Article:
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Creek Running North
May 26, 2004
A strong arm
In October 1979, on the 50th anniversary of the great stock market crash of 1929, I went with some friends to Washington, DC to demonstrate at the Department of Energy offices on L'Enfant Plaza. It's an action that some of you young folks might not have heard about. We were protesting the DoE's work on nuclear weapons, we assembled peacefully if stridently at the Department offices, and we successfully blockaded the building. The DoE shut down that day: no one got in, no business got done, and no one was hurt or arrested.
But there was a bit of tension. Federal cops tried to break the line at several points to let Carter Administration functionaries into the building. We demonstrators locked arms and resisted. At one point during the day I found myself at the end of one of these chains of demonstrators, with nothing to hold onto on my right except a sheer marble wall. I weighed about a hundred pounds less than I do now. I was thus a weak point in the line, and the cops noticed, and started pushing on me pretty hard.
And just as my fingers were about to be ripped from the little marble ridge I'd been holding on to, an arm like a tree trunk slipped around mine and held firm. I took a deep breath - the first in a while - looked at my feet, and resisted being moved. Just like a tree standing by the water. The police pushed for a few more minutes, then relented.
I looked at the owner of that big arm. He smiled at me, a middle-aged, muscular, balding man with a friendly smile. "I'm Chris, and thanks for holding on!" "You're welcome," he replied; "I'm Dave." "I know," I said. He smiled again.
David Dellinger, who died Tuesday, lent a steady arm to a whole lot of activists over his 88 years. Jailed for resisting World War Two, the oldest and most truly radical of the Chicago 7, he was a lifelong voice for peace.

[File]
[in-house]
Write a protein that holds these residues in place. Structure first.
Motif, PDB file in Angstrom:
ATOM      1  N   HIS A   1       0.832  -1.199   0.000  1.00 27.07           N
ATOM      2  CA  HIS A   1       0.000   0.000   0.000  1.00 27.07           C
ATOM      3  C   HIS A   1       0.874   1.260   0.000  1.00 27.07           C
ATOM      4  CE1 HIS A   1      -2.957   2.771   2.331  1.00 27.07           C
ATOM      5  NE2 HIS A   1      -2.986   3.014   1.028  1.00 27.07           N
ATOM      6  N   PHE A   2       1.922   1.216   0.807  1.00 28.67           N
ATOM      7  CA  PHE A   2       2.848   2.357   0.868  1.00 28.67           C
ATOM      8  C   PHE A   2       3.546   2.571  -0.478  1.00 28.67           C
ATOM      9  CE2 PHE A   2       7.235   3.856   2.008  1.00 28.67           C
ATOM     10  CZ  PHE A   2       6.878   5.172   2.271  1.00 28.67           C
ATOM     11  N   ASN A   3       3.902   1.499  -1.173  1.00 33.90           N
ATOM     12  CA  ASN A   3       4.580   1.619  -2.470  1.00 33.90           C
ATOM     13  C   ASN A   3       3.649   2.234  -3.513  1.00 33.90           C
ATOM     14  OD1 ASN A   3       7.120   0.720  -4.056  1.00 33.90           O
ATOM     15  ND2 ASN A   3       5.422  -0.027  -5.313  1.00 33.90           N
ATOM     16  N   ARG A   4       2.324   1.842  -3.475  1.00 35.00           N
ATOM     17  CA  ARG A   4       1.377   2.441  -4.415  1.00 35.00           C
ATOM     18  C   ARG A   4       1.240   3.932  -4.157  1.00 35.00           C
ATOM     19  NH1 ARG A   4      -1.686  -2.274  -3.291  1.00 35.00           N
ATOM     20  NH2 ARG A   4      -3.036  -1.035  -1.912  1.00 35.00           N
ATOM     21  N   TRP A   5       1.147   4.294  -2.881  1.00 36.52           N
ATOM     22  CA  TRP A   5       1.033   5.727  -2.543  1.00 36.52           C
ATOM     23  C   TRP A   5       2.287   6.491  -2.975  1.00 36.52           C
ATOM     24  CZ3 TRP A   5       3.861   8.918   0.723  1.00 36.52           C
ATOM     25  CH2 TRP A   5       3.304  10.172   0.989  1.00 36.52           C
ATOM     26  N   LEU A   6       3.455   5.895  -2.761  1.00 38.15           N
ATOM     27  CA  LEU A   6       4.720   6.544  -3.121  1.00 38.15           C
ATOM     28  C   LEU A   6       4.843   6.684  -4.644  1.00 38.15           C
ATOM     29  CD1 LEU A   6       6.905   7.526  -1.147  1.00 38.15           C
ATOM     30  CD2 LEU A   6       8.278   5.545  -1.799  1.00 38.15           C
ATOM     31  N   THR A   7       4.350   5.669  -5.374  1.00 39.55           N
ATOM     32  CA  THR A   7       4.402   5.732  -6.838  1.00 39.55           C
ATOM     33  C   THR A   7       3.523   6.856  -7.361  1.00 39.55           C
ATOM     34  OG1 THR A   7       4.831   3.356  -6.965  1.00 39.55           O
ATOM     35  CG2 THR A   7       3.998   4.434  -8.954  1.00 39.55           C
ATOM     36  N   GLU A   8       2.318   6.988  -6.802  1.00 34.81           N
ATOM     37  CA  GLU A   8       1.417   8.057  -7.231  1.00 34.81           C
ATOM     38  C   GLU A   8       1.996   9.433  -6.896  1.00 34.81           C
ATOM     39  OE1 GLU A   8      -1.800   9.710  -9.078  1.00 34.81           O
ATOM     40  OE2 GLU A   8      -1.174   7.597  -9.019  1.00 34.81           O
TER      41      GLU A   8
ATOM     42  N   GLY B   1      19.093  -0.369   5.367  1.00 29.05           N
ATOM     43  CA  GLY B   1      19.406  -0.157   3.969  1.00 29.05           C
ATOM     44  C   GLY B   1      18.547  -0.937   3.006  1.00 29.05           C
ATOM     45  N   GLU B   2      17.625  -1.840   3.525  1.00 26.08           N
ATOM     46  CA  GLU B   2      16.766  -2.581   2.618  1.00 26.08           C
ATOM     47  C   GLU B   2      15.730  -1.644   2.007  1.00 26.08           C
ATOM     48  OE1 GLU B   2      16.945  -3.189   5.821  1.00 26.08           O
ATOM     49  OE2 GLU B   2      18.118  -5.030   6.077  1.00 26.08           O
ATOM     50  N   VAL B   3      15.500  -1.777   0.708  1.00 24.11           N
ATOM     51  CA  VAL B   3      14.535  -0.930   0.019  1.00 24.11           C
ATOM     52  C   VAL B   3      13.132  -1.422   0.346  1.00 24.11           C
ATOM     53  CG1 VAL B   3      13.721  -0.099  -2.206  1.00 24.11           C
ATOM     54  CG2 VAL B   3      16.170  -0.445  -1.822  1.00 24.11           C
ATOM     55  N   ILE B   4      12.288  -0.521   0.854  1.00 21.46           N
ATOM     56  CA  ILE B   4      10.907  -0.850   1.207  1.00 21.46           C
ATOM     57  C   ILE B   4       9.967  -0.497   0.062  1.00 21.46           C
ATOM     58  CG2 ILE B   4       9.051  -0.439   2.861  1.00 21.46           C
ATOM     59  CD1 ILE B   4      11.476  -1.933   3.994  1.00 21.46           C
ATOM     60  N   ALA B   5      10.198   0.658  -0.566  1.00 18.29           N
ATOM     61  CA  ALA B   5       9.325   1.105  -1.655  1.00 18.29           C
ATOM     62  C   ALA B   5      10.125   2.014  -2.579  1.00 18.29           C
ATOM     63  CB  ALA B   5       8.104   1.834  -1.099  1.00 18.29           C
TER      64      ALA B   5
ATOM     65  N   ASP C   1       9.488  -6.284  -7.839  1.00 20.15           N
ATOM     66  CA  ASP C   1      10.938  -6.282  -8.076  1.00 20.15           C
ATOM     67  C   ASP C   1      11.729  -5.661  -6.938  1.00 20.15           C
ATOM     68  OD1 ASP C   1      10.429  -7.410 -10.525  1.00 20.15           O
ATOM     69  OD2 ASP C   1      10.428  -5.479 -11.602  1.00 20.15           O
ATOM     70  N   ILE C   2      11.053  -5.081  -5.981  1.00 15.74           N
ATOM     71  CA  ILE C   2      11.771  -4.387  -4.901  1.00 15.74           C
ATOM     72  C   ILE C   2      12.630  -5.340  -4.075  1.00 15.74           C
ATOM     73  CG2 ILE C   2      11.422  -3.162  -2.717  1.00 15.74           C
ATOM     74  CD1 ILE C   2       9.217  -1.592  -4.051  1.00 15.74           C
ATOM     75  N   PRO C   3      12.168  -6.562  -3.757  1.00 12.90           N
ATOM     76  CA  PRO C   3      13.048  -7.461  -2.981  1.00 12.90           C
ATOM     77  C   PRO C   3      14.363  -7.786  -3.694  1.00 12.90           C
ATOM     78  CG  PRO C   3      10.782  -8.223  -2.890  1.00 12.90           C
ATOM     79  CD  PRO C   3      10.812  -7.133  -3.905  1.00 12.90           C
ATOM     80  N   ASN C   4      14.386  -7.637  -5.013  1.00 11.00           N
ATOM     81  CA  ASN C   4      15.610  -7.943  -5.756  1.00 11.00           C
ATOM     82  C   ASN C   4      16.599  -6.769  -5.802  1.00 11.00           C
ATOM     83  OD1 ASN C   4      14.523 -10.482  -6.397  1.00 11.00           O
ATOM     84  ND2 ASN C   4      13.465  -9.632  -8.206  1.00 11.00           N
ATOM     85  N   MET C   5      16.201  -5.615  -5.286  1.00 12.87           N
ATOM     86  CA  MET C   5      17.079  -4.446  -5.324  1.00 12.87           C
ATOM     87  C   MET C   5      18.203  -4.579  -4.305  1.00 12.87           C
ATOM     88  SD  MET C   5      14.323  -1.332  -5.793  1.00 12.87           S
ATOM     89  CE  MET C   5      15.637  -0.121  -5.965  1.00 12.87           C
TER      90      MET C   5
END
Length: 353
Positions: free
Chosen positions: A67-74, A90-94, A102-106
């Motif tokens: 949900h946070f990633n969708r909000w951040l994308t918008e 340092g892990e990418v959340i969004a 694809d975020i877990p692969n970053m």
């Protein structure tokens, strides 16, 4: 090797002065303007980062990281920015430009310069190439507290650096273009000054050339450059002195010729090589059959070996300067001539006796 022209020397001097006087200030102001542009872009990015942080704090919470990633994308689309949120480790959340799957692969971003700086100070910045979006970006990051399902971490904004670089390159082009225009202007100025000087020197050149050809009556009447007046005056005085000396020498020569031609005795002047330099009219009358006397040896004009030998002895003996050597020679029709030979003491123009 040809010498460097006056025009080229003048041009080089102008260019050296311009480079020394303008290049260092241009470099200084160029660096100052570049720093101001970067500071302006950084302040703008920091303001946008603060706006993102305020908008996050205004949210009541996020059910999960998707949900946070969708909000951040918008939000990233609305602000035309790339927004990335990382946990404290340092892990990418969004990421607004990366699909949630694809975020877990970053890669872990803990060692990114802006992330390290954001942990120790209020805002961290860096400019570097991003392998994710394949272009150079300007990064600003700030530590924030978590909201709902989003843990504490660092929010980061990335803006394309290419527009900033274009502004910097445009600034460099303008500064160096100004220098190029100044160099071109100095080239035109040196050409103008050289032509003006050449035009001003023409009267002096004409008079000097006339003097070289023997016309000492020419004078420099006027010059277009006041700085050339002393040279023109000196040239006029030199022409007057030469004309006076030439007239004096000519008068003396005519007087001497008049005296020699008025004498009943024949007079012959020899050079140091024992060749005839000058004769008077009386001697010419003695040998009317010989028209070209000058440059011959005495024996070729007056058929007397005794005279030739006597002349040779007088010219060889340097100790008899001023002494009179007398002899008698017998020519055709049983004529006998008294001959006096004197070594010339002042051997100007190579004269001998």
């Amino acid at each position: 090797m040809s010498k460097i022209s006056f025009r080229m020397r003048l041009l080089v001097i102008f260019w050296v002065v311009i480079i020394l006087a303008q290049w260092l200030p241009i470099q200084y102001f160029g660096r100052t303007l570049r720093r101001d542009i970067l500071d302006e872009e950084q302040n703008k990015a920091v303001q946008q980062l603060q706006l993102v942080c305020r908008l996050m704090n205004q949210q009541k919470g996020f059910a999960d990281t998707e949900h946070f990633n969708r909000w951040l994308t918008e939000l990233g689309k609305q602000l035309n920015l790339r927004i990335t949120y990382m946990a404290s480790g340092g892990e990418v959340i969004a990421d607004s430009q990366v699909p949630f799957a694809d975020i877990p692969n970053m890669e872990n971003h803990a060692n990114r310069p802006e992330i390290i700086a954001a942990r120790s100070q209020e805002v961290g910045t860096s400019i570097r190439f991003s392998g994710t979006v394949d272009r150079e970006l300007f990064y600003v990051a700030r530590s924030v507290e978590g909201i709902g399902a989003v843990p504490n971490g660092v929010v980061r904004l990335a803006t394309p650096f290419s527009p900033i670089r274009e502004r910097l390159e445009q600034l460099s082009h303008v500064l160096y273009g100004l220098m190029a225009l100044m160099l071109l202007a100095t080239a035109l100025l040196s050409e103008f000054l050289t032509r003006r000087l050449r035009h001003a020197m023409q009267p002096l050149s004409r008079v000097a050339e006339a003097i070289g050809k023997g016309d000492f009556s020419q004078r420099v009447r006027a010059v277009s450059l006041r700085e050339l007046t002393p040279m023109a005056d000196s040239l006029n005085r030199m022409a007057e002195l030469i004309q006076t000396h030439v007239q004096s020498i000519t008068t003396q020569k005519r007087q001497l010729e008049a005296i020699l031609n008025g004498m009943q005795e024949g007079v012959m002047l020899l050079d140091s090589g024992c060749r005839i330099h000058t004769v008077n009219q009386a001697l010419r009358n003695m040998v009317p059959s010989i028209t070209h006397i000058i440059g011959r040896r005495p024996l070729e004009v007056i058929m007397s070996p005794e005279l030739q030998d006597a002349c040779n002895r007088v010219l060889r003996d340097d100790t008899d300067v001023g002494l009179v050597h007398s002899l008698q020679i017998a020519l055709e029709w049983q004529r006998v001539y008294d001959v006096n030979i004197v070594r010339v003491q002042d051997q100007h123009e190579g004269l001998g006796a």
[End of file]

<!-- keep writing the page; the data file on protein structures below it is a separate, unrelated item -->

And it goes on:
Bye, Dave. Thanks for holding on.
Posted by Chris Clarke at May 26, 2004 04:48 PM
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Thanks!Posted by: nobbog at May 27, 2004 06:49 AM
The NYT obit is pretty good:
Free registration required, blah blah.
From that Times obit:
He edited Liberation magazine, which Mr. Mailer once described as "an anarchist-pacifist magazine of worthy but not very readable articles in more or less vegetarian prose."
oh, my.Posted by: Chris Clarke at May 27, 2004 07:08 AM
Posted by: Phil at May 27, 2004 01:38 PM
Sounds like Mailer challenged him to a boxing match and got turned down.
That's a wonderful tribute, Chris.Posted by: dale at May 27, 2004 04:00 PM
Seconding dale...Posted by: Rana at May 28, 2004 11:41 AM
I met Dave Dellinger twice, briefly each time, at War Resisters League conferences. I found him self-assured and confident in his beliefs but still approachable and willing to listen, even to criticism; indeed, something I said prompted him to confess rather ruefully "maybe I didn't draw the line clearly enough" between endorsing just ends and endorsing violent means.
This is from my own post about his death:
During the Chicago 7 trial, there were a number of stormy confrontations between the defendants and their lawyers on the one hand and the judge on the other, often triggered by the judge's patent bias in favor of the prosecution (which led to the convictions being overturned) and featuring shouted accusations. One observer later wrote that while some of the other defendants may have been louder or more dramatic, Dellinger was the one who was totally without fear.
A pretty good summation.
Oh, one last thing: Having been a subscriber to Liberation, I can say that Mailer's description is spot on.Posted by: LarryE at June 6, 2004 01:39 AM